Prof slams OkCupid for privileging ‘white, heterosexual’ men
A Trinity College professor recently criticized the popular dating site OKCupid for marginalizing LBGTQ people, a claim that company officials vehemently dispute.
In an article for the Journal of Feminist Geography, professor Jen Jack Gieseking—who “identifies as a woman” but uses “he/him/his pronouns”—bemoans the difficulty that gay and transgender people encounter when trying to find other LGBTQ people on the site.
“LGBTQ people still remain ignored and invisibilized on OkCupid,” Gieseking laments, citing the fact that they, like all other users of the website, might “have to run multiple searches to see everyone they may find of interest.”
He also claims that the website’s “attractiveness algorithm” unfairly works against LBGTQ people of color, claiming that it is biased towards “white, heterosexual, cisgender, Western males who are able-bodied, healthy, and aged appropriately as the norm.”
This isn’t unusual, Gieseking argues, asking, “How else would an ‘attractiveness algorithm’ be defined by corporate America but on these measures?”
OkCupid Chief Marketing Officer Melissa Hobley, however, told Campus Reform that she was “surprised” by Gieseking’s allegations, considering the website’s long history of LGBTQ inclusive policies.
“We take a lot of pride in creating a dating app that works for individuals of all sexual orientations, including the LGBTQ, and we have a strong track record that supports this,” she said.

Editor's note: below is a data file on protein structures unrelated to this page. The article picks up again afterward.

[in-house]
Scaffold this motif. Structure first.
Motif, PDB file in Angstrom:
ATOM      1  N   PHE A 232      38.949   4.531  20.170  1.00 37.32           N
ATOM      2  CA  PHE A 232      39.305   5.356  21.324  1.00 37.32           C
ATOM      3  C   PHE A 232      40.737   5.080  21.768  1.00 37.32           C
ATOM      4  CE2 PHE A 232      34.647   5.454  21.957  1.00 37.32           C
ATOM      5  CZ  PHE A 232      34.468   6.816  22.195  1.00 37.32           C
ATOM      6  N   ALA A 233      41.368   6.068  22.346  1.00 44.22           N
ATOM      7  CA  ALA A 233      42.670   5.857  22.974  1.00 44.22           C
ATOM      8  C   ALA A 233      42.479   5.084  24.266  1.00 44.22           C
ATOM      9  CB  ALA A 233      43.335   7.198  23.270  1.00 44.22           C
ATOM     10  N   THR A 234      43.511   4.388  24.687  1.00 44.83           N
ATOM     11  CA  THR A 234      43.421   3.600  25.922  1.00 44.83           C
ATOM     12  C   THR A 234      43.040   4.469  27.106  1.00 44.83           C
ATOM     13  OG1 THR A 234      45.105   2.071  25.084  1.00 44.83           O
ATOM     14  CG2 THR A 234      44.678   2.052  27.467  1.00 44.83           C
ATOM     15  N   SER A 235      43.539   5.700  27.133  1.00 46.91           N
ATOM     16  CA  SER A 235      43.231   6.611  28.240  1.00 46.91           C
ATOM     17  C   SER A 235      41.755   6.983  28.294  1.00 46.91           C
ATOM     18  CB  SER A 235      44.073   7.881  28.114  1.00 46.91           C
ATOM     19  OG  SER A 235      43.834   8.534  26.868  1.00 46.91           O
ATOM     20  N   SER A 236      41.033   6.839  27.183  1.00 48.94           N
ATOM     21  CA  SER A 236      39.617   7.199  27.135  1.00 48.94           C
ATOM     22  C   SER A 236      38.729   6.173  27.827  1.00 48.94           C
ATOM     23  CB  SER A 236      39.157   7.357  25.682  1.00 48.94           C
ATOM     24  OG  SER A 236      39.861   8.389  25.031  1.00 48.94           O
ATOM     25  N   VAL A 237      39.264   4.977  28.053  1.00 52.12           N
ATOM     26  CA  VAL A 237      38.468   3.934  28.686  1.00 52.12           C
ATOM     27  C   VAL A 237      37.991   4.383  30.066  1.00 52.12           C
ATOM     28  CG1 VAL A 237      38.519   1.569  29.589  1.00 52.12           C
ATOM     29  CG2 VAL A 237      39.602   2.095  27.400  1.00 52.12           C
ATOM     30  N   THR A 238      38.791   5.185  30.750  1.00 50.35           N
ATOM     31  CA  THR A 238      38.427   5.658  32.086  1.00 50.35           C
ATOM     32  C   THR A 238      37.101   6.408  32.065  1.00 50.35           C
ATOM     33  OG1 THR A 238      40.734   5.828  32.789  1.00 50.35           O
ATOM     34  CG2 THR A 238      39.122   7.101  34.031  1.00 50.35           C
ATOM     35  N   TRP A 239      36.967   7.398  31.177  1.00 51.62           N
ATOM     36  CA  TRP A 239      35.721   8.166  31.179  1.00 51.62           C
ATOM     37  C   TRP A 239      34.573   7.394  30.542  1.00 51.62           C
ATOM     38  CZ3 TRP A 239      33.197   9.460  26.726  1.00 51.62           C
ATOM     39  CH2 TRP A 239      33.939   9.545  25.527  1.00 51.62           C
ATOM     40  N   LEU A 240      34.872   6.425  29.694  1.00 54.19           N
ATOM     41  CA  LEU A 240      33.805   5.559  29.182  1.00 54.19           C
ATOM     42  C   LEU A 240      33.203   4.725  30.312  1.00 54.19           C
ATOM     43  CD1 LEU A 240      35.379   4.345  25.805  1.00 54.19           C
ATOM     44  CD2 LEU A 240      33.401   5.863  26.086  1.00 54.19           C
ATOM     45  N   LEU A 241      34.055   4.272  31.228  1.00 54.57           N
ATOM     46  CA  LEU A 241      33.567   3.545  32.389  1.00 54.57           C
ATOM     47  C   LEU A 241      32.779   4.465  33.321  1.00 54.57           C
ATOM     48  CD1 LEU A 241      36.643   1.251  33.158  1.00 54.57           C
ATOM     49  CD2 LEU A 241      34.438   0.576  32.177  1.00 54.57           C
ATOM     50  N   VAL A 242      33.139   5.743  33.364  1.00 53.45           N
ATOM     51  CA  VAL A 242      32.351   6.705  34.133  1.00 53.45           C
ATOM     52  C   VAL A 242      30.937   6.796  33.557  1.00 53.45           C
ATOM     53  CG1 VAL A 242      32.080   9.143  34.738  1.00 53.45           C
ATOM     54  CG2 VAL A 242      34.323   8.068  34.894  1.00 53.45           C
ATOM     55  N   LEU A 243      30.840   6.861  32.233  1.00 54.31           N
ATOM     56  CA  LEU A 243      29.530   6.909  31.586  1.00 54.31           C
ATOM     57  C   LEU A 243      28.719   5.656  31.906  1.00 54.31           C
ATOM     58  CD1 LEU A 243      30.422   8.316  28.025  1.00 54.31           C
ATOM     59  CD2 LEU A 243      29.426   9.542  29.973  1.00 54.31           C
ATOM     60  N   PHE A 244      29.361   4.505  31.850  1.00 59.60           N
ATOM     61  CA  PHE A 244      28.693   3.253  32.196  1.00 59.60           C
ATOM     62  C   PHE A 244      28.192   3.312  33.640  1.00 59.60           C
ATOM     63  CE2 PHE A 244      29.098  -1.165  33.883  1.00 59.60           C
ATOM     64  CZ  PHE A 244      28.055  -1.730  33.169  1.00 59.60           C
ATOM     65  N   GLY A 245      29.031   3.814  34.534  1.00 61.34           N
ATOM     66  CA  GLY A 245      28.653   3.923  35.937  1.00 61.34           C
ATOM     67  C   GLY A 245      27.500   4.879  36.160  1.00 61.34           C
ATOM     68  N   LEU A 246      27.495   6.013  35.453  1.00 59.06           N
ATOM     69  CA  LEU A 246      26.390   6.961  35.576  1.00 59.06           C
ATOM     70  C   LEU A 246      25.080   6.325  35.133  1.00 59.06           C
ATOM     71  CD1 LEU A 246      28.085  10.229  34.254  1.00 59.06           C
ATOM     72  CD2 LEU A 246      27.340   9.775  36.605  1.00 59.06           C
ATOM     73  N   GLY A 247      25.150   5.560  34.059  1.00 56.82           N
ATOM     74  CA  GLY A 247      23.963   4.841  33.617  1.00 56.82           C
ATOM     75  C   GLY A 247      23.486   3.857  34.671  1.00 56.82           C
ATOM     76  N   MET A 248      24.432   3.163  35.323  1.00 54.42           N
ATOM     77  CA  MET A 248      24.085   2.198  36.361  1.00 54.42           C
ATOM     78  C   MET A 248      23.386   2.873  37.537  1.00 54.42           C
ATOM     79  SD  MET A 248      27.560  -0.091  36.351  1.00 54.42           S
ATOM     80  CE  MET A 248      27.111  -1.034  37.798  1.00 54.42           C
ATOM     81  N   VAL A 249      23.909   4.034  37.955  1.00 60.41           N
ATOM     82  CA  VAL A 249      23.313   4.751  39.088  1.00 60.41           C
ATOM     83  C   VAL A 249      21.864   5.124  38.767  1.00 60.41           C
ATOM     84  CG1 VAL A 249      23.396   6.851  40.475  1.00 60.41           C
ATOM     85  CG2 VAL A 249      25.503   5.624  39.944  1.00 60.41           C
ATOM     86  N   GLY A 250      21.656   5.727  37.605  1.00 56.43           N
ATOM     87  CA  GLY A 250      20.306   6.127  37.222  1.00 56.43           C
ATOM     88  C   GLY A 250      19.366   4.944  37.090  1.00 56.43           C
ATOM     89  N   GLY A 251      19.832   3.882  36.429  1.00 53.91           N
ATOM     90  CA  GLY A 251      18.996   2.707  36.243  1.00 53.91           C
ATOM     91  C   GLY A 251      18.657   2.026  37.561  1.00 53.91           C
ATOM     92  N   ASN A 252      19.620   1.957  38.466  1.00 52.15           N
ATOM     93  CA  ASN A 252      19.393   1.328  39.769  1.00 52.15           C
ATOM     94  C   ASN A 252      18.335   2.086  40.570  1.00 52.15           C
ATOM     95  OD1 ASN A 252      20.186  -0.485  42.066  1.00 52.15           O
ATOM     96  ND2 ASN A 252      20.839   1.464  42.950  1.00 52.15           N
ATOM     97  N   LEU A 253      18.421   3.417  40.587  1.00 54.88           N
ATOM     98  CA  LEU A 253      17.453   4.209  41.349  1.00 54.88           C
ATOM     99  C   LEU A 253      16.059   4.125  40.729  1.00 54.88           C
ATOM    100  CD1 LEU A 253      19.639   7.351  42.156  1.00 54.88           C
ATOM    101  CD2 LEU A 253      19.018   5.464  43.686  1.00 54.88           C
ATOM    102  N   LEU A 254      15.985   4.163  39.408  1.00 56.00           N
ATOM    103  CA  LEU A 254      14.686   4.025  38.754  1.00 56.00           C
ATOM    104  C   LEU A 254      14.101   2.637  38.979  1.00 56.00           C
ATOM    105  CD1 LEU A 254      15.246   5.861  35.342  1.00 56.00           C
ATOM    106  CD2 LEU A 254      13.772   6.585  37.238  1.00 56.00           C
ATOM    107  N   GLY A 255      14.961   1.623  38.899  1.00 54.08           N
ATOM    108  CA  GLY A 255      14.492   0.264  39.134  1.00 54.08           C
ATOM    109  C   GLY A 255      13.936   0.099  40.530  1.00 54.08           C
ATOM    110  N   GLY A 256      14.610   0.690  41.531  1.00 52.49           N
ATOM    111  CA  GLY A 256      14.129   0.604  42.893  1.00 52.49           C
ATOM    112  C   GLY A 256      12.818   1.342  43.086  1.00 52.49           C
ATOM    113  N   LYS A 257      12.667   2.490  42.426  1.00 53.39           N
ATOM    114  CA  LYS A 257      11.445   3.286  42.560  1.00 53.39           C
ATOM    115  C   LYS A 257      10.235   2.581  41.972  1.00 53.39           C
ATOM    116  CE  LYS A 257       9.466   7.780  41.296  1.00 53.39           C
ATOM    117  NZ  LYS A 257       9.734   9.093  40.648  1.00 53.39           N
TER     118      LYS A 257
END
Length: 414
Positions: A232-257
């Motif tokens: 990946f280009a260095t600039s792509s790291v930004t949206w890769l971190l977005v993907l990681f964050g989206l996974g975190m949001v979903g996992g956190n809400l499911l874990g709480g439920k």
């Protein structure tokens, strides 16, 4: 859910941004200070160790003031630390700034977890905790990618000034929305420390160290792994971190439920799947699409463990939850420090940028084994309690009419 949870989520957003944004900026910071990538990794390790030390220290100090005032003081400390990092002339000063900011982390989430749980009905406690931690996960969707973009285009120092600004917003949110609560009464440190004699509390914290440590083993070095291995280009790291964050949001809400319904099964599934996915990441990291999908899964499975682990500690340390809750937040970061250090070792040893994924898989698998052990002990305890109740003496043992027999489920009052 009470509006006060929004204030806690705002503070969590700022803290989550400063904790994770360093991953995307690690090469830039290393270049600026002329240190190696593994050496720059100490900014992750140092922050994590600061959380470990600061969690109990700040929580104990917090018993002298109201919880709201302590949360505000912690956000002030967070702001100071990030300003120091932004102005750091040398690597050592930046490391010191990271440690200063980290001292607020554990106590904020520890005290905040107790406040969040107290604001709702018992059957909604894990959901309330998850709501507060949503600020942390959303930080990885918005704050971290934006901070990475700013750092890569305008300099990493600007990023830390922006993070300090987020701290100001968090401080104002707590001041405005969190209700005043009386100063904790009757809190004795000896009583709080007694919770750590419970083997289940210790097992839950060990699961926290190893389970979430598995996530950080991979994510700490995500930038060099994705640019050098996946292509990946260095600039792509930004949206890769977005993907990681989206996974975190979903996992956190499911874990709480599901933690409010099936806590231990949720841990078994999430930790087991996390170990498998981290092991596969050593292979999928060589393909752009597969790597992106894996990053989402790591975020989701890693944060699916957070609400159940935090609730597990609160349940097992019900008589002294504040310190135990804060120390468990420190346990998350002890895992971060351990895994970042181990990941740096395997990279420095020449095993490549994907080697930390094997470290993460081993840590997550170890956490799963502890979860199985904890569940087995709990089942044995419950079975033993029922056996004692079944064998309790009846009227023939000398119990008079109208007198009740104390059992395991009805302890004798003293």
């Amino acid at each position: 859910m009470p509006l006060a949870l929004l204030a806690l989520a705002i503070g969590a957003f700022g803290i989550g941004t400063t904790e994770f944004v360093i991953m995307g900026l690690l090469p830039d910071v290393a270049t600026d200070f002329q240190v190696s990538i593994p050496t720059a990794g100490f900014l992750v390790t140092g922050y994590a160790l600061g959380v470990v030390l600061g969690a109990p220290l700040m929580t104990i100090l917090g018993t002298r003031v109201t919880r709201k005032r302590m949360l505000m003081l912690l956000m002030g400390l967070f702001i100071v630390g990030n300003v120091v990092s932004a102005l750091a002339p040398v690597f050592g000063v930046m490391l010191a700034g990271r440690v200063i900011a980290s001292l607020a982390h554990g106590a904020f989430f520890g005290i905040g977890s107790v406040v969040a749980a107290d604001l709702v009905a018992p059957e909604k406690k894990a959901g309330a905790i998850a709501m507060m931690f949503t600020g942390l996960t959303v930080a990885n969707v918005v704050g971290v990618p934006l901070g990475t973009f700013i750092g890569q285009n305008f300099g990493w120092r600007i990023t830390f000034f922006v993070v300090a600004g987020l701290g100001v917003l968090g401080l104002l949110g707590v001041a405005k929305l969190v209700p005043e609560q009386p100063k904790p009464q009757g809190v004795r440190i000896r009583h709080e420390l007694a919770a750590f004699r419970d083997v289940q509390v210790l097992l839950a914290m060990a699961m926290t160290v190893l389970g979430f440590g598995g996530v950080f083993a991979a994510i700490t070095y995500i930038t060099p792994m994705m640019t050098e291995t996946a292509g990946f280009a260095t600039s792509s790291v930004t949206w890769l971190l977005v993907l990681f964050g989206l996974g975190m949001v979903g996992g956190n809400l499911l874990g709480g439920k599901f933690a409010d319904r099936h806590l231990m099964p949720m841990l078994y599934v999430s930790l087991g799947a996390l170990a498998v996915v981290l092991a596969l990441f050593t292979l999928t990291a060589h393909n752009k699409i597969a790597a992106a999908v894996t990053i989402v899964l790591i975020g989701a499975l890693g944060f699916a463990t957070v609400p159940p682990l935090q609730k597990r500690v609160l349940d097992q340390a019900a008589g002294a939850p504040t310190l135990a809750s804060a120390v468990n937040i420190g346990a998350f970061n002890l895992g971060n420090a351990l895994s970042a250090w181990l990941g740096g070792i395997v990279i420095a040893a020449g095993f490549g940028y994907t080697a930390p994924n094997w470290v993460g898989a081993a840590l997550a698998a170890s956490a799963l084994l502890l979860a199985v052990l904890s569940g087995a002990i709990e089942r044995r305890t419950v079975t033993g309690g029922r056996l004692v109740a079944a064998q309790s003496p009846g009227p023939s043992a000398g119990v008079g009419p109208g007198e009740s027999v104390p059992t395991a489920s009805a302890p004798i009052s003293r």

“In fact, OkCupid was the first dating app to expand genders and orientations, adding much-needed nuance like queer and lesbian along with many others. We have 22 genders options and 12 orientations to choose from,” Hobley pointed out.
The site’s gender options include male, female, transgender, non-binary, Two-Spirit, pangender, agender, transmasculine, intersex, and many more, and users can even select up to 5 different genders, depending on their preferences.
Pushing back against Gieseking’s derision toward the website’s “attractiveness algorithm,” Hobley explained that the algorithm is “calculated on a per-gender, per-orientation basis,” leaving little room for bias.
“Assuming Jen Jack Gieseking signed up as a gay woman, her attractiveness is based on votes from gay/bi women who are seeing her,” she explained. “There is minimal space for bias from ‘white, heterosexual, cisgender, Western males’ affecting her experience.”
Moreover, Hobley asserted that attractiveness is not even a dominant factor in determining which profiles a user encounters, saying the process also accounts for things like “age, distance, and most importantly match percent.”
Nonetheless, Gieseking concludes his article by arguing that “racism, homophobia, transphobia, colonialism, and patriarchy are made visible in our data, software platforms, and interfaces,” and that more “queering [of] code” is needed to fight this.
Campus Reform reached out to Gieseking multiple times for comment, but did not receive a response.
Follow the author of this article on Twitter: @Toni_Airaksinen